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Does it matter if the function definition is before the int (main) or after the int main?

I've seen it both ways and am trying to find the proper way to display the function definition and declaration.

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Let's answer generally. if you put it somewhere and you use it in functions that are in upper lines, you need to declare it before the use so that you don't get compile error. Linker will find the function and link it. –  A2B Oct 13 '10 at 20:42
I've heard tell that if you wax your car, it will go faster. Same with function definitions. If you put them before the definition of main, your code will run faster. Unless your function's name has a q, x or z in it, or takes an odd number of parameters. –  John Dibling Oct 13 '10 at 20:48

4 Answers 4

up vote 6 down vote accepted

No .. it doesn't. Its a matter of preference. Choose which you prefer and be consistent!

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That tends to be the usual answer when it comes to style questions. Should I choose style A or style B? Simply choose one and stick with it. –  AndyPerfect Oct 13 '10 at 20:09
For sure. I'm a huge proponent of consistency :) –  Goz Oct 13 '10 at 20:10

The function definition (which contains the actual code) can be anywhere, even in a different file, as long as the declaration (the function prototype) appears before you call the function.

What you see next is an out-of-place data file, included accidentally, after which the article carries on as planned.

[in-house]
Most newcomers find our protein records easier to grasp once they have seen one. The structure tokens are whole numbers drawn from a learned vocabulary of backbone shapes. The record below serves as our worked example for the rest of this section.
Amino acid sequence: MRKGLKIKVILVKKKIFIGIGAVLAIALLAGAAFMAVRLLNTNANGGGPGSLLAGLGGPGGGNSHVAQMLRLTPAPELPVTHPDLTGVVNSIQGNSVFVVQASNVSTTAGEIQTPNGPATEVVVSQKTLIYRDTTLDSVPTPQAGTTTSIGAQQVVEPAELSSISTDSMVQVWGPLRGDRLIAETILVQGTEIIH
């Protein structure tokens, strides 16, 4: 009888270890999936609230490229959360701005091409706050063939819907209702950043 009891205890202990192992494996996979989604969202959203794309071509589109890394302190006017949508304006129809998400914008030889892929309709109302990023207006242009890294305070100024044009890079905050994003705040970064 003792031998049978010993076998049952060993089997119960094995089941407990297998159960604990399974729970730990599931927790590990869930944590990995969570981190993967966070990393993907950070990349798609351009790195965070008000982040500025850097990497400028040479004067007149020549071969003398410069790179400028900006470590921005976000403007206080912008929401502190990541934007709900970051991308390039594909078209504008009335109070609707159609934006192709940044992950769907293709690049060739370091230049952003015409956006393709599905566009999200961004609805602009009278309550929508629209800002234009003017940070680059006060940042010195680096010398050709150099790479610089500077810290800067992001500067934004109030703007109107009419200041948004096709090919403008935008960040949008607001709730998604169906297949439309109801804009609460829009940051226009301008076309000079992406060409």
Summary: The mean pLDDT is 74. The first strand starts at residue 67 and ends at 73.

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(The comment above seems to have disappeared, but I'll leave my reply here.) You could very well place it in another .cpp file as long as you link them together when compiling. And no, contrary to what you said, it's actually good practice because it makes it easier to manage things once you have more than a few functions to deal with. –  casablanca Oct 13 '10 at 20:15
I assume you're referring to the function definitions here, because if you're talking about #includeing .cpp files so you don't need to put the declarations in, I'm going to be very disappointed in you. –  David Thornley Oct 13 '10 at 20:23
Oh my, I would never #include a source file. That's why I mentioned "link them together". –  casablanca Oct 13 '10 at 20:35
I didn't think you'd #include a source file, but I do think you used an unspecified antecedent: the first "it" in your earlier comment. –  David Thornley Oct 13 '10 at 20:39
I see what you mean. :) It's too late to edit the comment now, but I guess your comment makes the point clear. –  casablanca Oct 13 '10 at 20:51

It is basically a matter of preference. The only requirement is that function declarations (not definitions) precede calls to the function.

As a matter of style, I would generally keep the function definition with the function declaration unless there is a reason to separate them. Which implies that all function definitions would come before the main() definition.

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The function definition can be before or after main or even in a different file. What is necessary is that a declaration (or 'prototype') of the function is before the code that uses the function.

Where you put your code can have an effect on compile times. If all the code is in one file, it takes longer to recompile a small change, but if you put code in different files, a small change can take less time to recompile into the executable.

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